It’s Never Too Late to Live!
Growing up I never really had to opportunity to know my paternal grandpa. I only saw him a few times as a child, and then did not see him again for 20 years. I cared for him the last summer of his life, and in that summer, I discovered I was related to a wonderful man. I was blessed to share those weeks with him and will remember him always. He gave me history, I gave him life.
We all get older each day, but sometimes, as we age, we forget how to ‘live’. This point was really drove home for me one summer when I cared for my aging grandpa. He was in his late 90s and had some really serious medical problems. Mom and dad were moving from Washington to Missouri that summer and wondered if I could take care of him while they packed, moved and resettled. They felt it would be too stressful for him to be with them during the move. I was excited at the chance to get to see my grandpa again. I could vaguely remember seeing grandpa a couple of times in my youth - fond memories too. Other than that I hadn’t seen him for the past 20 years. I felt a bit sad at not knowing who he was and thought this would give me the chance to get to know him.
I realized how close I’d come to not ever getting to know him when mom handed me a horrid set of papers. It was grandpa’s ‘death warrant’ - medical papers I had to carry with me always to legally allow grandpa to die. Besides being incredibly old he had a paper thin heart that was barely beating and very fragile bones. If someone had tried to resuscitate him with CPR they would have only broken his ribs into his lungs and heart causing him a very painful death. It had been decided that when it was his time, he would go with dignity. I put these papers into my purse very nervously, hoping I would never have to take them out again till mom and dad came to pick him up in a few weeks.
My hopes were further dampened the next few days as I watched grandpa. He seemed to be an empty shell waiting to die. He’d get up in the morning and I’d help to make sure he got into the living room. He couldn’t walk unaided more than a few steps. He only got up to go to the bathroom, eat, or go back to bed. He’d just sit there on the couch for hours staring blankly at the TV screen. It didn’t even matter whether the TV was on or off, he’d just stare at it. Mom had said all he does any more is just watch TV, to just let him and if he seemed to be having a spasm or heart attack to pop a nitro pill under his tongue. She told me it would be easy to care for him as I only had to ‘watch’ over him. I watched grandfather wither away like this for a couple of days. It was heartbreaking. I tried to talk with him but he just didn’t seem to be there. He couldn’t remember hardly anything from his life but bits and pieces, and he couldn’t understand anything I tried to talk to him about. Conversations tended to frustrate him.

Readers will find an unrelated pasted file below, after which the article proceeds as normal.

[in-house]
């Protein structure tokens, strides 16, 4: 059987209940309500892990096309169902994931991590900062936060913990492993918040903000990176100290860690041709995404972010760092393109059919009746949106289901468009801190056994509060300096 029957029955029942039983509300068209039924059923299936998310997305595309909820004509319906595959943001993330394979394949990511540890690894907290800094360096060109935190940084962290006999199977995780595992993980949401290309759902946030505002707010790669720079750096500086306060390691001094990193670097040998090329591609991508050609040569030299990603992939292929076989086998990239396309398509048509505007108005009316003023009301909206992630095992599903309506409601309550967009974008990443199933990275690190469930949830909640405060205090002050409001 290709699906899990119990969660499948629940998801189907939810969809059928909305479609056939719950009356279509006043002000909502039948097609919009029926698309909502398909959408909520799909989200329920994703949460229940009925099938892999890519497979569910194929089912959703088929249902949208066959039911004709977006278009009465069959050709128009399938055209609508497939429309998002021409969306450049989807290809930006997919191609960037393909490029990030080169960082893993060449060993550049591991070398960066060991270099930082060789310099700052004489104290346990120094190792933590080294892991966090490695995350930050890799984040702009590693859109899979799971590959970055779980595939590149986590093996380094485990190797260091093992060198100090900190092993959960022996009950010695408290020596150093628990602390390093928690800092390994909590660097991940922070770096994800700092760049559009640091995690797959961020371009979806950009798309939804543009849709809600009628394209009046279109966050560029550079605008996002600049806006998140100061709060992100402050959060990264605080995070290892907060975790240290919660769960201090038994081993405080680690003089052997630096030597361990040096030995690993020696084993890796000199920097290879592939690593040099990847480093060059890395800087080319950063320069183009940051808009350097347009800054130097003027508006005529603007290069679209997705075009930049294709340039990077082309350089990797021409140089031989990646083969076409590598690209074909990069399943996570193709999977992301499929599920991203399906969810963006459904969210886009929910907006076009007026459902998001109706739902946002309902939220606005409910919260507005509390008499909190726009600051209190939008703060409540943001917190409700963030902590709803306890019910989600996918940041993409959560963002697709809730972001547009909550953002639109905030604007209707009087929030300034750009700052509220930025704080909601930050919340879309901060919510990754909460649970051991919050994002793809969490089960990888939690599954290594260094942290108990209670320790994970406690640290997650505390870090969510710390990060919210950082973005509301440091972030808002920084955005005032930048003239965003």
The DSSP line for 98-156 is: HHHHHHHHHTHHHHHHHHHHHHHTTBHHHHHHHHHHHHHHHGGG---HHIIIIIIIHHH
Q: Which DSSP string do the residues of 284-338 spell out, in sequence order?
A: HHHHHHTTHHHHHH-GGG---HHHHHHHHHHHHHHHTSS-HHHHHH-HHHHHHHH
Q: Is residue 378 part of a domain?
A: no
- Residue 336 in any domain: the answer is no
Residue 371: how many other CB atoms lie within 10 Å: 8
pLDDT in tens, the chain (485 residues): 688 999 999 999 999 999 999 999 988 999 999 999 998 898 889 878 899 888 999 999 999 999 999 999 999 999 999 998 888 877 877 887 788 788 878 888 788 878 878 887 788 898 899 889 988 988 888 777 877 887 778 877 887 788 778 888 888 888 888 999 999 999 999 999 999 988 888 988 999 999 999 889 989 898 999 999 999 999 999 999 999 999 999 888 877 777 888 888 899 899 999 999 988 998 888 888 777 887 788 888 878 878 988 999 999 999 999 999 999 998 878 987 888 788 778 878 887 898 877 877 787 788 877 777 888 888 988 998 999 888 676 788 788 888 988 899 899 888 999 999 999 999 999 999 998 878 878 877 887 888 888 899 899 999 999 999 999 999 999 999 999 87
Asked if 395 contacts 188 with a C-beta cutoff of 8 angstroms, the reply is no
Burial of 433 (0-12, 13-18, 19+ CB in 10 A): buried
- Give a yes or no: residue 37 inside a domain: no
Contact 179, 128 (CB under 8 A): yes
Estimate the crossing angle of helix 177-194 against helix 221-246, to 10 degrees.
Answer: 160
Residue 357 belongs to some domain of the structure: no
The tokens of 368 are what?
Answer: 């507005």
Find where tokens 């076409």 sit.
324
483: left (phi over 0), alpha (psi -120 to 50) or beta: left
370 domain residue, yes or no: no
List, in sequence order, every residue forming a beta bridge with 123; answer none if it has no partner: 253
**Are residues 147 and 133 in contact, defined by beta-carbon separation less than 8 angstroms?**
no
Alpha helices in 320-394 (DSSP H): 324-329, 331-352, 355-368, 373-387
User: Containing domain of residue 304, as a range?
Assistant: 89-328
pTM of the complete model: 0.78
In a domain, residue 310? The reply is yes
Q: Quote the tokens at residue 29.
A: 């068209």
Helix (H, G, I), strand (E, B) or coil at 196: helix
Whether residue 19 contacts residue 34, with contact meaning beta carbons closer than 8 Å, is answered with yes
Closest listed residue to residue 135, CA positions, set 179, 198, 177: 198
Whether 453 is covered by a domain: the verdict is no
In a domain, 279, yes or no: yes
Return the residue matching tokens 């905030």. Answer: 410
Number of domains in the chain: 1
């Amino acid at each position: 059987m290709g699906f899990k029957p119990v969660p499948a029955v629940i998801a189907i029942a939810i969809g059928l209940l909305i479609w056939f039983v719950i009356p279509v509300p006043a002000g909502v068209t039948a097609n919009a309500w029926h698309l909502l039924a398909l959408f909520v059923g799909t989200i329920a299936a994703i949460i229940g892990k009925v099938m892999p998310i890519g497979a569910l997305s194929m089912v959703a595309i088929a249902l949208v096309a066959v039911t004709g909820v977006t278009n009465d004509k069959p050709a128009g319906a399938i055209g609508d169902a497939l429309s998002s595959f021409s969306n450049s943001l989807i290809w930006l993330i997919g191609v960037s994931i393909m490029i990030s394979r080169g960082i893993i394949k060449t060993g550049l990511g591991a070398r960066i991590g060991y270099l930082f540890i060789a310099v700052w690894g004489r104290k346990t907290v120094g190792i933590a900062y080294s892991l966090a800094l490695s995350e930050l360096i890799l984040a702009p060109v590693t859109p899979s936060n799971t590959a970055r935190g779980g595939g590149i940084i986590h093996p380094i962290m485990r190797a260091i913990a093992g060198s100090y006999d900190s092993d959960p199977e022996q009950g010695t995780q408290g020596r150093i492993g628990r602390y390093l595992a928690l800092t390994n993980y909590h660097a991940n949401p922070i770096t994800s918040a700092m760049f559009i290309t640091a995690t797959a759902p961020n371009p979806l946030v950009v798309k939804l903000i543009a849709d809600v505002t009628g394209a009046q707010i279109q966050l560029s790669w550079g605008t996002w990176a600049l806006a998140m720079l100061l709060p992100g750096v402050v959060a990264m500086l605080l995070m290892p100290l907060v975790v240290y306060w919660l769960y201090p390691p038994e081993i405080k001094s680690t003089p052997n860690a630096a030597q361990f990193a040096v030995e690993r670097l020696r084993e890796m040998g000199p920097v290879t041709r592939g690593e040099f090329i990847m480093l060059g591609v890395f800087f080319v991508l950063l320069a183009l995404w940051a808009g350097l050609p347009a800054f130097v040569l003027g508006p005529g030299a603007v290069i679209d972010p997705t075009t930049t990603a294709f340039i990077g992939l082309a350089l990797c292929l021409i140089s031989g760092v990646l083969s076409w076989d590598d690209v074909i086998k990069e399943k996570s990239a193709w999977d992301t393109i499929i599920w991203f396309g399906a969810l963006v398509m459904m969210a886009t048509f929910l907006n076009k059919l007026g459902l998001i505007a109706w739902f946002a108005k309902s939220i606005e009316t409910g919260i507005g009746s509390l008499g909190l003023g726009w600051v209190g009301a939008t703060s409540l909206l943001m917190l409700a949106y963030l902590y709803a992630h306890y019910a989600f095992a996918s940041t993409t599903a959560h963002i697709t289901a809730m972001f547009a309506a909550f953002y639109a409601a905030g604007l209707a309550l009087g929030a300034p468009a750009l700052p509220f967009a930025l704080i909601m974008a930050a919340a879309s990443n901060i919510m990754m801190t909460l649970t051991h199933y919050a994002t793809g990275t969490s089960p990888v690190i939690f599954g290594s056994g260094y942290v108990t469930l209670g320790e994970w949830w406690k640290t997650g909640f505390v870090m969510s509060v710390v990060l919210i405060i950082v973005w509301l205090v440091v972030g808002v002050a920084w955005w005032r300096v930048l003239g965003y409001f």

We finally decided to try to ‘wake’ him up - to take him places, and do things with him. We started by renting a wheelchair so he could get around, then we went to Walmart for our first stop - a new set of clothes. I don’t think he’d bought himself clothes, except for undergarments, for over 30 years! Just any old clothes wouldn’t do either. On no, told grandpa we were getting ready to go to a really special place and he needed special clothes. He looked at me with such a confused look on his face and I just smiled and pushed him to the summer wear. We picked out a crazy plaid pair of shorts, a Tazmanian Devil t-shirt, a big straw hat, some ‘cool’ shades and a pair of flip flops. Grandpa laughed. He laughed even more when we got him home and put them on him! He couldn’t believe himself in the mirror. I do have to admit, it was quite a sight to see him dressed up in such fun beach wear.
We headed out the next day to a water park on a nearby island. They had some fun wheelchairs you could exchange temporarily for regular wheelchairs. Their wheelchairs had giant yellow air tires that floated the whole chair in the water. It’d tip easily so you had to keep a really firm hold, but oh my, grandpa was in heaven. Little children came from all directions wanting to sit on his giant yellow wheels. Everywhere he looked children were laughing, playing, splashing - and he was in the middle of it! He smiled and laughed. My brother and sister had come with us and we’d made a family affair of the day. Everyone was having such fun. We even got really brave at one point. I challenged grandpa to go down the kiddie slide. He laughed and said he was too old! I told him “Nonsense!” My sister, Carol and I took him gently by the hands and helped him to walk up the steps. There were 4 slides side by side, and we got on a slide on either side of him to slide down ‘with’ him. My brother, Ronnie, stood at the bottom of the slide to catch grandpa to be sure he didn’t fall or go under. We made sure to do the full sound affects and screamed ‘WEEEEEEEEEEE’ all the way down that little 5 foot drop. I wouldn’t have believed all the laughter that came from that dear old man.